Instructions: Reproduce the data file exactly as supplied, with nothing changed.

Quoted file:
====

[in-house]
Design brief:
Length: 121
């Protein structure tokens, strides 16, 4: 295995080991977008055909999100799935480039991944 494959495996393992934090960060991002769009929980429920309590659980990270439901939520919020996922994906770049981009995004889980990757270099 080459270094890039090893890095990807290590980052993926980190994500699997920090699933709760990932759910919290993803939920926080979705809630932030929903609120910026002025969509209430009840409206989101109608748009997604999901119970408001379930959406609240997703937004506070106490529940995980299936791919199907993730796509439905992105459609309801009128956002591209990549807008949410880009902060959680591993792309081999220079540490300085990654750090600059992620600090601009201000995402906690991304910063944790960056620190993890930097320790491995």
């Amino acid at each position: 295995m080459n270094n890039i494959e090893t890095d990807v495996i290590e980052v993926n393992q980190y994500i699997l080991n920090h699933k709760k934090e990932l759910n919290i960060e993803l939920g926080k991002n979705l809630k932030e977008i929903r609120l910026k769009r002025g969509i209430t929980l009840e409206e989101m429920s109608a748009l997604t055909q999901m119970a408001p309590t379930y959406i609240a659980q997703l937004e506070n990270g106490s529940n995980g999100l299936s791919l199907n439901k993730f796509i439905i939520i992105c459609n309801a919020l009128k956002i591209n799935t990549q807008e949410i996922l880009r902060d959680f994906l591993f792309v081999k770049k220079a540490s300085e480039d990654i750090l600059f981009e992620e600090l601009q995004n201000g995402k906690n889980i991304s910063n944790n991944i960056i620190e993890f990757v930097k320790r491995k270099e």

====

[in-house]
Design brief:
Length: 121
């Protein structure tokens, strides 16, 4: 295995080991977008055909999100799935480039991944 494959495996393992934090960060991002769009929980429920309590659980990270439901939520919020996922994906770049981009995004889980990757270099 080459270094890039090893890095990807290590980052993926980190994500699997920090699933709760990932759910919290993803939920926080979705809630932030929903609120910026002025969509209430009840409206989101109608748009997604999901119970408001379930959406609240997703937004506070106490529940995980299936791919199907993730796509439905992105459609309801009128956002591209990549807008949410880009902060959680591993792309081999220079540490300085990654750090600059992620600090601009201000995402906690991304910063944790960056620190993890930097320790491995």
């Amino acid at each position: 295995m080459n270094n890039i494959e090893t890095d990807v495996i290590e980052v993926n393992q980190y994500i699997l080991n920090h699933k709760k934090e990932l759910n919290i960060e993803l939920g926080k991002n979705l809630k932030e977008i929903r609120l910026k769009r002025g969509i209430t929980l009840e409206e989101m429920s109608a748009l997604t055909q999901m119970a408001p309590t379930y959406i609240a659980q997703l937004e506070n990270g106490s529940n995980g999100l299936s791919l199907n439901k993730f796509i439905i939520i992105c459609n309801a919020l009128k956002i591209n799935t990549q807008e949410i996922l880009r902060d959680f994906l591993f792309v081999k770049k220079a540490s300085e480039d990654i750090l600059f981009e992620e600090l601009q995004n201000g995402k906690n889980i991304s910063n944790n991944i960056i620190e993890f990757v930097k320790r491995k270099e």